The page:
COVID-19 has left governments scrambling for balanced economic, social and ethical policy responses.The Australian government’s A$130 billion JobKeeper payment – a wage subsidy to keep Australians in work – is vital for our response to the pandemic and future economic recovery.
But temporary visa holders, including international temporary graduates, have fallen through the cracks. The temporary graduate visa (subclass 485) is for international graduates of a qualification from an Australian institution. It allows them to stay in Australia for two to four years to gain work experience.
There are nearly 90,000 temporary graduate visa holders in Australia.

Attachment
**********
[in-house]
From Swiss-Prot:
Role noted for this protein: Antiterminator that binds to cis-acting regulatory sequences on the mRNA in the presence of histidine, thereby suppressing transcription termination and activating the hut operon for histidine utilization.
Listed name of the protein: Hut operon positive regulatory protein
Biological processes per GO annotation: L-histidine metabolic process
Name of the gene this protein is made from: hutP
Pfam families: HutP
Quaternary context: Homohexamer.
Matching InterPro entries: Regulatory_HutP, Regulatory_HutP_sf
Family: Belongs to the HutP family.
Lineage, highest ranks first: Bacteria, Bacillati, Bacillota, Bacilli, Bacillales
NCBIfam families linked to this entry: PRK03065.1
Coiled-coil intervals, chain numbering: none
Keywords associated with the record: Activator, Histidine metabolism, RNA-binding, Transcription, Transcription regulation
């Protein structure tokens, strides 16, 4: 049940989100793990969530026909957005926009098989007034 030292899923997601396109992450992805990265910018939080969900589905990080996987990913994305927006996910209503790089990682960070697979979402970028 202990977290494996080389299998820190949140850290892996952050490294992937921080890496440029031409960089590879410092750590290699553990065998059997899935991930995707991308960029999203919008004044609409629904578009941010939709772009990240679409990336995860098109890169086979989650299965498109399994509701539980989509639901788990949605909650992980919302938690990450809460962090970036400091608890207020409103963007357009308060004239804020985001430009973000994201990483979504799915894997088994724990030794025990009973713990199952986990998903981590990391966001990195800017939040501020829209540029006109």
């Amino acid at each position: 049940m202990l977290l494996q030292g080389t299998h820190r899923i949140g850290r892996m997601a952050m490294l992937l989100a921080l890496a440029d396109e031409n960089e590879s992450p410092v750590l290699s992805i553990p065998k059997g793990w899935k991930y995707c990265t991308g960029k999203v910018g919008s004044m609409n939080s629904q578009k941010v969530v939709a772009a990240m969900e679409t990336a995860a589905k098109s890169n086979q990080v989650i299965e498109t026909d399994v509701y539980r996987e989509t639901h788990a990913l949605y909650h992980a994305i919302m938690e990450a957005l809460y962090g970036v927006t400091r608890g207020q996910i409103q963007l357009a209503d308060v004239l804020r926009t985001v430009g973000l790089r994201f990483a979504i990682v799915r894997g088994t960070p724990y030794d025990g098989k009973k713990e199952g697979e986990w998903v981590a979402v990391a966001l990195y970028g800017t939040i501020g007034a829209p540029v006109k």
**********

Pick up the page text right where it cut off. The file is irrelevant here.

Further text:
International graduates on temporary visas rely solely on wage income to cover their living expenses. These visa holders mainly work in industries that have suffered majored losses, such as hospitality, and they are not entitled to the JobKeeker payment.
The Tasmanian government has just announced a $3 million support package for temporary visa holders which would include 485 visa holders.
This is a first from any state or territory government and will hopefully spur similar support from universities and other jurisdictions – including from the federal government.
It’s time for Australia to be reciprocal and take care of international graduates, who are major contributors to our economy and society, in their time of need. It’s both a humanitarian issue and a sensible economic strategy.